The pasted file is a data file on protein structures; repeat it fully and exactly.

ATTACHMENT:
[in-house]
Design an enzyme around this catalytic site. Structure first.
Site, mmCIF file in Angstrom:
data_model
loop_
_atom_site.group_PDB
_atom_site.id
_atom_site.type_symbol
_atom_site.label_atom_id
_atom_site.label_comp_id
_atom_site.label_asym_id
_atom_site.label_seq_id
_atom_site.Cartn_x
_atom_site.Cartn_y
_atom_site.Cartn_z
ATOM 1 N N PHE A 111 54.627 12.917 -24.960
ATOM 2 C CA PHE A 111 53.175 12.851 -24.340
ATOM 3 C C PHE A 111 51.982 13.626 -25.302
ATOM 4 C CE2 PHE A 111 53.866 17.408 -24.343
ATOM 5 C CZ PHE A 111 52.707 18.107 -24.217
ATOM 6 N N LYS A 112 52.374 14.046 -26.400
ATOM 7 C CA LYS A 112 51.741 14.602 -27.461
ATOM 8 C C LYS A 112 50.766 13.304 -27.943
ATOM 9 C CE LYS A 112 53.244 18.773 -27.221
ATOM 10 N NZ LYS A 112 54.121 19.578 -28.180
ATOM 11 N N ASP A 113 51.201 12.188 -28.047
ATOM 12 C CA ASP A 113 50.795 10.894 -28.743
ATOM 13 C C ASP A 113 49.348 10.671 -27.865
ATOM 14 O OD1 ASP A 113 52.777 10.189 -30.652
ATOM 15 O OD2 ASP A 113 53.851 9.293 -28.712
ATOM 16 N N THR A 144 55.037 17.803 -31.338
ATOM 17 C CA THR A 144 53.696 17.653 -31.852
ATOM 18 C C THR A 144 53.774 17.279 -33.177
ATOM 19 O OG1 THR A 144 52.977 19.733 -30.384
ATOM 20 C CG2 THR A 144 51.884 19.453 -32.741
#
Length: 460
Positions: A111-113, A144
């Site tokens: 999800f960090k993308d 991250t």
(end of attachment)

[in-house]
Design an enzyme around this catalytic site. Structure first.
Site, mmCIF file in Angstrom:
data_model
loop_
_atom_site.group_PDB
_atom_site.id
_atom_site.type_symbol
_atom_site.label_atom_id
_atom_site.label_comp_id
_atom_site.label_asym_id
_atom_site.label_seq_id
_atom_site.Cartn_x
_atom_site.Cartn_y
_atom_site.Cartn_z
ATOM 1 N N PHE A 111 54.627 12.917 -24.960
ATOM 2 C CA PHE A 111 53.175 12.851 -24.340
ATOM 3 C C PHE A 111 51.982 13.626 -25.302
ATOM 4 C CE2 PHE A 111 53.866 17.408 -24.343
ATOM 5 C CZ PHE A 111 52.707 18.107 -24.217
ATOM 6 N N LYS A 112 52.374 14.046 -26.400
ATOM 7 C CA LYS A 112 51.741 14.602 -27.461
ATOM 8 C C LYS A 112 50.766 13.304 -27.943
ATOM 9 C CE LYS A 112 53.244 18.773 -27.221
ATOM 10 N NZ LYS A 112 54.121 19.578 -28.180
ATOM 11 N N ASP A 113 51.201 12.188 -28.047
ATOM 12 C CA ASP A 113 50.795 10.894 -28.743
ATOM 13 C C ASP A 113 49.348 10.671 -27.865
ATOM 14 O OD1 ASP A 113 52.777 10.189 -30.652
ATOM 15 O OD2 ASP A 113 53.851 9.293 -28.712
ATOM 16 N N THR A 144 55.037 17.803 -31.338
ATOM 17 C CA THR A 144 53.696 17.653 -31.852
ATOM 18 C C THR A 144 53.774 17.279 -33.177
ATOM 19 O OG1 THR A 144 52.977 19.733 -30.384
ATOM 20 C CG2 THR A 144 51.884 19.453 -32.741
#
Length: 460
Positions: A111-113, A144
């Site tokens: 999800f960090k993308d 991250t």